A lost opportunity to employ more Coloradans
Author: Jesse Mallory - May 1, 2018 - Updated: May 1, 2018
At the start of this year’s legislative session, Colorado House Speaker Crisanta Duran told her colleagues that “we love Colorado and what it stands for: opportunity for all who show responsibility through hard work.”
But Duran’s words ring hollow in the wake of her decision to kill not one, but two bills that would have made it easier for many Coloradans to enter the workforce. The speaker did this by referring these bills to the State, Veteran and Military Affairs Committee, a committee Capitol insiders call the “graveyard of bills.” Their upcoming hearings are all but a formality that will end in certain defeat.
The Colorado Right to Earn a Living Act would require that licensing agencies prove there is a legitimate public health and safety reason for some of our state’s most onerous occupational licensing requirements.
Enacted under the guise of protecting consumers, occupational licenses have exploded in recent years. Here in Colorado, around 34 of 102 lower-income occupations studied by the Institute for Justice, a public interest law firm, require an occupational license. In fact, Colorado’s occupational license requirements amount to an average of $344 in fees and 260 days lost in classes and training.
Among the occupations requiring a license include cosmetologist, barber, make-up artist, travel guide, shampooer and manicurist, just to name a few.
You want to be a shampooer? You must first pay a fee of $155 and attend roughly 1,200 hours of training before you can work in a hair salon in Colorado.
The fees and the hundreds of hours of classes are more than a mere inconvenience to the single-mother needing child care, or someone recently released from incarceration who has little disposable income and faces a host of other barriers to employment. These laws represent yet one more impediment on the road to opportunity.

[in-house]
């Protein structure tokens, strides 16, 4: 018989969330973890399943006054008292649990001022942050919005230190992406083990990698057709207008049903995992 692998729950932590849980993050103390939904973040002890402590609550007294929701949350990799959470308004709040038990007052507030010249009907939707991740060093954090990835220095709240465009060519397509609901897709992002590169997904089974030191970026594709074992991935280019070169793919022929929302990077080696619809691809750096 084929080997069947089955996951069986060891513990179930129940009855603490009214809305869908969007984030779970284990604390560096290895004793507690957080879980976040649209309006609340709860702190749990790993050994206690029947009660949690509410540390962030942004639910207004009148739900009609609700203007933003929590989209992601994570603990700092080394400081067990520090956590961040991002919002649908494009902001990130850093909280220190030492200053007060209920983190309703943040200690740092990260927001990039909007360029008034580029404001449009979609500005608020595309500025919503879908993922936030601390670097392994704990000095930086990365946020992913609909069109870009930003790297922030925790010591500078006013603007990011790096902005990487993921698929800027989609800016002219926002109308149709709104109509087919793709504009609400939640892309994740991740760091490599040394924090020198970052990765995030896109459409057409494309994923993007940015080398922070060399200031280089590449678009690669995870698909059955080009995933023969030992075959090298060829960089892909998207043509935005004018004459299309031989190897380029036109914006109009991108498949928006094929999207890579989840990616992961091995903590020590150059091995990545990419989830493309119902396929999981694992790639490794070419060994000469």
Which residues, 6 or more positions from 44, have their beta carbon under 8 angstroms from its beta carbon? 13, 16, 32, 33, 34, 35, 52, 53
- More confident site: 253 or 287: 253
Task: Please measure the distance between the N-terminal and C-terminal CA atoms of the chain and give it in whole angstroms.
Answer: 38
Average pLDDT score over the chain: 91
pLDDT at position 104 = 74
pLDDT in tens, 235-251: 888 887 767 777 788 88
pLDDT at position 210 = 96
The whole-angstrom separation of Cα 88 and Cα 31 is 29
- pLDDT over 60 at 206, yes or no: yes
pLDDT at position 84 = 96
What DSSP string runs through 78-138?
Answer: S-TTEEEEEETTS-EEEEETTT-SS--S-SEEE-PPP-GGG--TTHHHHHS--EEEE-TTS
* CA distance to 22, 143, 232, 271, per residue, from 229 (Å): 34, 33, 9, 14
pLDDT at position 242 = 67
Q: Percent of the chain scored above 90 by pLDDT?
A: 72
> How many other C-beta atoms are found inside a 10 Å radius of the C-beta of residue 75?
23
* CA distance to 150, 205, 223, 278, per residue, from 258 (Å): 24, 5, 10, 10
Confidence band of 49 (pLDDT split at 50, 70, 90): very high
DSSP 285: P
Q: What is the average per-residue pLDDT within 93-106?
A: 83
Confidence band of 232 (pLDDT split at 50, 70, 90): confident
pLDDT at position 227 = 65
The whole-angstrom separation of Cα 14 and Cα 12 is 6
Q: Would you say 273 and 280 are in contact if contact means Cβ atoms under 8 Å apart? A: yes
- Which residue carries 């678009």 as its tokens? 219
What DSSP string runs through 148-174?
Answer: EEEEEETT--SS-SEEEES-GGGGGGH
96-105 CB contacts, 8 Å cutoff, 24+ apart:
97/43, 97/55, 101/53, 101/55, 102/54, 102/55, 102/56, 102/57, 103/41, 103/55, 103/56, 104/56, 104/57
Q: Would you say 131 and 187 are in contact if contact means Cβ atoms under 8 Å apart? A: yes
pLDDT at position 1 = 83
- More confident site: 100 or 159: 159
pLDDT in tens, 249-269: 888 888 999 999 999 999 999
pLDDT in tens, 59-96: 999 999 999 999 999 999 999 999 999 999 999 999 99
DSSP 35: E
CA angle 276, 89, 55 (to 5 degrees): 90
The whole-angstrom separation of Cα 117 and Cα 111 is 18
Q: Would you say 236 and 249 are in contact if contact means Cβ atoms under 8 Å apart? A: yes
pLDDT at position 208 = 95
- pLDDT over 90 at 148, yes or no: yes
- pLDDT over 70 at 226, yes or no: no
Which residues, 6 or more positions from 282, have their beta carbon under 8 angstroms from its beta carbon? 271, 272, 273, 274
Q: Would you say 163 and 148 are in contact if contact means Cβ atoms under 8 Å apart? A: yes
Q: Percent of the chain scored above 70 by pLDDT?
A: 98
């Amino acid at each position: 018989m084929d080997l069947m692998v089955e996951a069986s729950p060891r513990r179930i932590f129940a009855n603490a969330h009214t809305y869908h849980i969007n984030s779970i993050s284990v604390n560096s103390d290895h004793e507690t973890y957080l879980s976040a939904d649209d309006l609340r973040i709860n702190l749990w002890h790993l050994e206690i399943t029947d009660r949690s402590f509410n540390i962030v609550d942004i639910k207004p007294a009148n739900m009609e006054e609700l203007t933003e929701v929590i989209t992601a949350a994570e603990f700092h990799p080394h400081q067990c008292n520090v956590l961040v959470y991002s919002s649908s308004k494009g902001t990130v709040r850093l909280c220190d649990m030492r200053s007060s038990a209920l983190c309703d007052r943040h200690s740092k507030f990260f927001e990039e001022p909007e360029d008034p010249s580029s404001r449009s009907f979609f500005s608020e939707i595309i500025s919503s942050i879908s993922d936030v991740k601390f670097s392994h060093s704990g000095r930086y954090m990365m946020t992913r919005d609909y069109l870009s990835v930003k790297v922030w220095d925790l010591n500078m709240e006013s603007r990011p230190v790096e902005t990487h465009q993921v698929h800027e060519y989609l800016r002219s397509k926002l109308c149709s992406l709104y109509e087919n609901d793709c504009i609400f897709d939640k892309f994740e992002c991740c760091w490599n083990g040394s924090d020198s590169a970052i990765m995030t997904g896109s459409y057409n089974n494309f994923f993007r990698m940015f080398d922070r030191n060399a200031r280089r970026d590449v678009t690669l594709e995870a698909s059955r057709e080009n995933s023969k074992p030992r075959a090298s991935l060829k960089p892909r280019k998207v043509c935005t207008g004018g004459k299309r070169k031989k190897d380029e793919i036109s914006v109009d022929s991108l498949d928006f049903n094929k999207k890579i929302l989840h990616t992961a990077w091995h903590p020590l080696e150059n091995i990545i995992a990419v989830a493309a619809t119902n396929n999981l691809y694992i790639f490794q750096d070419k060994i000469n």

Research shows that these regulations hit low-income and minority Americans the hardest, with one study finding that the licensing of barbers reduces the probability of a black individual working as a barber by 17.3 percent.
Besides being excessive, many of the licensing requirements make little sense. For example, to be licensed to work as an emergency medical technician in Colorado you need about 35 days of training. But to be licensed to work as a barber, the requirements are nearly 10 times higher.
It seemed like the General Assembly was on its way to correcting these sorts of injustices when the state Senate passed SB 193 by a voice vote and another bill, S.B. 236, the Least Restrictive Regulation Professions and Occupations Act, a similar bill that had bi-partisan support were making their way through the General Assembly. Unfortunately, Speaker Duran made sure both bills stopped dead in their tracks by referring them to the graveyard of bills.
Using the committee to quietly get rid of bills the speaker doesn’t like is one of the perks of her office. But she should still have to explain to the people of Colorado why she opposes a fair, open and transparent debate on the merits of a bill that could make it easier for folks to find work and put food on the table for themselves and their families — especially when her rhetoric is littered with appeals to “economic opportunities” and “job creation.”
It’s unfortunate that it has come to do this. Occupational licensing reform is bipartisan. Folks across the ideological spectrum know that these changes are needed. It’s why President Obama and some of the most conservative governors in the country have pushed to ease unnecessary occupational licensing regulations at the federal and state level.
What’s Speaker Duran’s excuse? The people of Colorado deserve an answer.